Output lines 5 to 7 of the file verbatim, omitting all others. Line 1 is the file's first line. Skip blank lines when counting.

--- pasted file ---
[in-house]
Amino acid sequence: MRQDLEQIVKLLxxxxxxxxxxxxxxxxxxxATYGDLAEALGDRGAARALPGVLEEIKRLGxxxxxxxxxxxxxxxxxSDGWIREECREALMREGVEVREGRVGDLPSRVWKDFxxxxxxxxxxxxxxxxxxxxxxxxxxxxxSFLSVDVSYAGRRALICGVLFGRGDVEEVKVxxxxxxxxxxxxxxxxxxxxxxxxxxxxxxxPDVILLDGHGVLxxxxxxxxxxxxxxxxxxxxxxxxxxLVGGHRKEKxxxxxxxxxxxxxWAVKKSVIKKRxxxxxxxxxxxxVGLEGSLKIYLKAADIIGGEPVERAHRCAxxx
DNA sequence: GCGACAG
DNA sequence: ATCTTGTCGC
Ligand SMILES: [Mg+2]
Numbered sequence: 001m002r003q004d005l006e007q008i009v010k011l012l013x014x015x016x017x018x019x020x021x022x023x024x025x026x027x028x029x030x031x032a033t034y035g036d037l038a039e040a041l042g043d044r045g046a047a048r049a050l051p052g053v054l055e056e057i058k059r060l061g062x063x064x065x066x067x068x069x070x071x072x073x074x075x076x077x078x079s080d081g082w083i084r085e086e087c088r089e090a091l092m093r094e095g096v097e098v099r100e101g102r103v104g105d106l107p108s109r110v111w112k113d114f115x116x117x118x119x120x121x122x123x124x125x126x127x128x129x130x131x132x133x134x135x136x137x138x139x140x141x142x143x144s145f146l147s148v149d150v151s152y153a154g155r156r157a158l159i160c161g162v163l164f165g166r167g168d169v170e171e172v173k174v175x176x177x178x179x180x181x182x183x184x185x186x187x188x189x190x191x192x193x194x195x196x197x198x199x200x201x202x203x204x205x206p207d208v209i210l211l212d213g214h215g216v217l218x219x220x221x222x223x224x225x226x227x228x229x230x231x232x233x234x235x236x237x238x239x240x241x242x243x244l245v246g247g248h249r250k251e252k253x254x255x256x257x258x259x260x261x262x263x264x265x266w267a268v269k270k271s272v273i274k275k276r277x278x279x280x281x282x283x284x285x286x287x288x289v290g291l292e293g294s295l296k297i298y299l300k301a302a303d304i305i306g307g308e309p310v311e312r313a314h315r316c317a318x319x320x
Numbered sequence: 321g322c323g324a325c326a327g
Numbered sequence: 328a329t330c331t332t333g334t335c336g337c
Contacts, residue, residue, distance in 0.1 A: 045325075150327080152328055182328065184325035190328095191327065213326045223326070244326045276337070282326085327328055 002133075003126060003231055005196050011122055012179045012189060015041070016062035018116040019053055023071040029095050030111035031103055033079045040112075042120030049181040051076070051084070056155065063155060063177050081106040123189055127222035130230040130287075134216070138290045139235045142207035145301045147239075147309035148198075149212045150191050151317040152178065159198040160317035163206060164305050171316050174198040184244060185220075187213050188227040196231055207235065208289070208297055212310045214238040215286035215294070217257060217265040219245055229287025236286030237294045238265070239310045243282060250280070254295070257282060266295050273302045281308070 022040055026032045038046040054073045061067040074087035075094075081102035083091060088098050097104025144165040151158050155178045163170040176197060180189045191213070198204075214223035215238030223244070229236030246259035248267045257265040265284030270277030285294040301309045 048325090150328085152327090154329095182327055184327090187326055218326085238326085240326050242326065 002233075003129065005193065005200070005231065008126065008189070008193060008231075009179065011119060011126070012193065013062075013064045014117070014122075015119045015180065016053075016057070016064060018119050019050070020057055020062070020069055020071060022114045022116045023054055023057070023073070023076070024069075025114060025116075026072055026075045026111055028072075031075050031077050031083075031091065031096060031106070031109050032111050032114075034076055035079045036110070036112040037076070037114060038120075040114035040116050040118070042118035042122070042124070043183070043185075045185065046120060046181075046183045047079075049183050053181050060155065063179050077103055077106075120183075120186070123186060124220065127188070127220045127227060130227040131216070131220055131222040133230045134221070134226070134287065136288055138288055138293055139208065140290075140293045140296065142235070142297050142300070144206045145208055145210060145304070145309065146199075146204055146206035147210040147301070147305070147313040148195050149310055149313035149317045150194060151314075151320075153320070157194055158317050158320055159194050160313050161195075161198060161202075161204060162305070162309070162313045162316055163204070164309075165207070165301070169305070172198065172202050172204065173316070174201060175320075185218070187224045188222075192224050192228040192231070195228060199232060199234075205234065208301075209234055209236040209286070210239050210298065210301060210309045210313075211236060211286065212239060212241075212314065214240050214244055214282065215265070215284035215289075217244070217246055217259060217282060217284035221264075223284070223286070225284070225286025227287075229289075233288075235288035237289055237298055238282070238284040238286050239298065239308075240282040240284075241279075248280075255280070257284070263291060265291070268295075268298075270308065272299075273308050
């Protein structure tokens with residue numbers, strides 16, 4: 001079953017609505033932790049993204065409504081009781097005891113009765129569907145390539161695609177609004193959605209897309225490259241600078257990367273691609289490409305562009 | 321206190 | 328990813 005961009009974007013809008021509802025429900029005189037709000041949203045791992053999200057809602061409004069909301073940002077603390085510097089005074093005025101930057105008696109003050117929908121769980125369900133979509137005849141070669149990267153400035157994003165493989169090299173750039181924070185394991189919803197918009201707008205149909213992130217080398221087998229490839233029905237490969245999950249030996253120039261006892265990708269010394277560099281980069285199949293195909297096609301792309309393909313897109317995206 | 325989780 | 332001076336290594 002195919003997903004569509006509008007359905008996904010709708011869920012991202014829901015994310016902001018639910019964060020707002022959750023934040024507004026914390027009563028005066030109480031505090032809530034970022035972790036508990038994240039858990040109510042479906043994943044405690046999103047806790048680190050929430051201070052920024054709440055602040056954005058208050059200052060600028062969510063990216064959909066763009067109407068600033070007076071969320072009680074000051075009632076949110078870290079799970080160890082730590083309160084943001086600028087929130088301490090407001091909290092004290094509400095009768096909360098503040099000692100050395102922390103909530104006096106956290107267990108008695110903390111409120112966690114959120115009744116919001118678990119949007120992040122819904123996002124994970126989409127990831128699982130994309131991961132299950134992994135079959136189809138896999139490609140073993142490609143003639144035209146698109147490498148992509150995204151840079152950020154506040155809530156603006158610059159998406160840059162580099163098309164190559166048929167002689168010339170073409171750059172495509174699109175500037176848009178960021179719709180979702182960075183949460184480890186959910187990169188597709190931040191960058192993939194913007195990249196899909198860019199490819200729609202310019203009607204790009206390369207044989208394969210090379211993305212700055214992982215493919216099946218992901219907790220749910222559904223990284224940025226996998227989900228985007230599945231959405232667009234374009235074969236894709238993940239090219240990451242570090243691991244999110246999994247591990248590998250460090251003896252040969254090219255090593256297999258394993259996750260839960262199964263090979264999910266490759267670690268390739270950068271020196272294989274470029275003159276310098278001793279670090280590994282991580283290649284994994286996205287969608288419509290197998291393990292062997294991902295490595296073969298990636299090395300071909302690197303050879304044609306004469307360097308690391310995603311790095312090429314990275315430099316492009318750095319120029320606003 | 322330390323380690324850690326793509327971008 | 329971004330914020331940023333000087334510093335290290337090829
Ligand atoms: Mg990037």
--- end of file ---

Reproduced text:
Ligand SMILES: [Mg+2]
Numbered sequence: 001m002r003q004d005l006e007q008i009v010k011l012l013x014x015x016x017x018x019x020x021x022x023x024x025x026x027x028x029x030x031x032a033t034y035g036d037l038a039e040a041l042g043d044r045g046a047a048r049a050l051p052g053v054l055e056e057i058k059r060l061g062x063x064x065x066x067x068x069x070x071x072x073x074x075x076x077x078x079s080d081g082w083i084r085e086e087c088r089e090a091l092m093r094e095g096v097e098v099r100e101g102r103v104g105d106l107p108s109r110v111w112k113d114f115x116x117x118x119x120x121x122x123x124x125x126x127x128x129x130x131x132x133x134x135x136x137x138x139x140x141x142x143x144s145f146l147s148v149d150v151s152y153a154g155r156r157a158l159i160c161g162v163l164f165g166r167g168d169v170e171e172v173k174v175x176x177x178x179x180x181x182x183x184x185x186x187x188x189x190x191x192x193x194x195x196x197x198x199x200x201x202x203x204x205x206p207d208v209i210l211l212d213g214h215g216v217l218x219x220x221x222x223x224x225x226x227x228x229x230x231x232x233x234x235x236x237x238x239x240x241x242x243x244l245v246g247g248h249r250k251e252k253x254x255x256x257x258x259x260x261x262x263x264x265x266w267a268v269k270k271s272v273i274k275k276r277x278x279x280x281x282x283x284x285x286x287x288x289v290g291l292e293g294s295l296k297i298y299l300k301a302a303d304i305i306g307g308e309p310v311e312r313a314h315r316c317a318x319x320x
Numbered sequence: 321g322c323g324a325c326a327g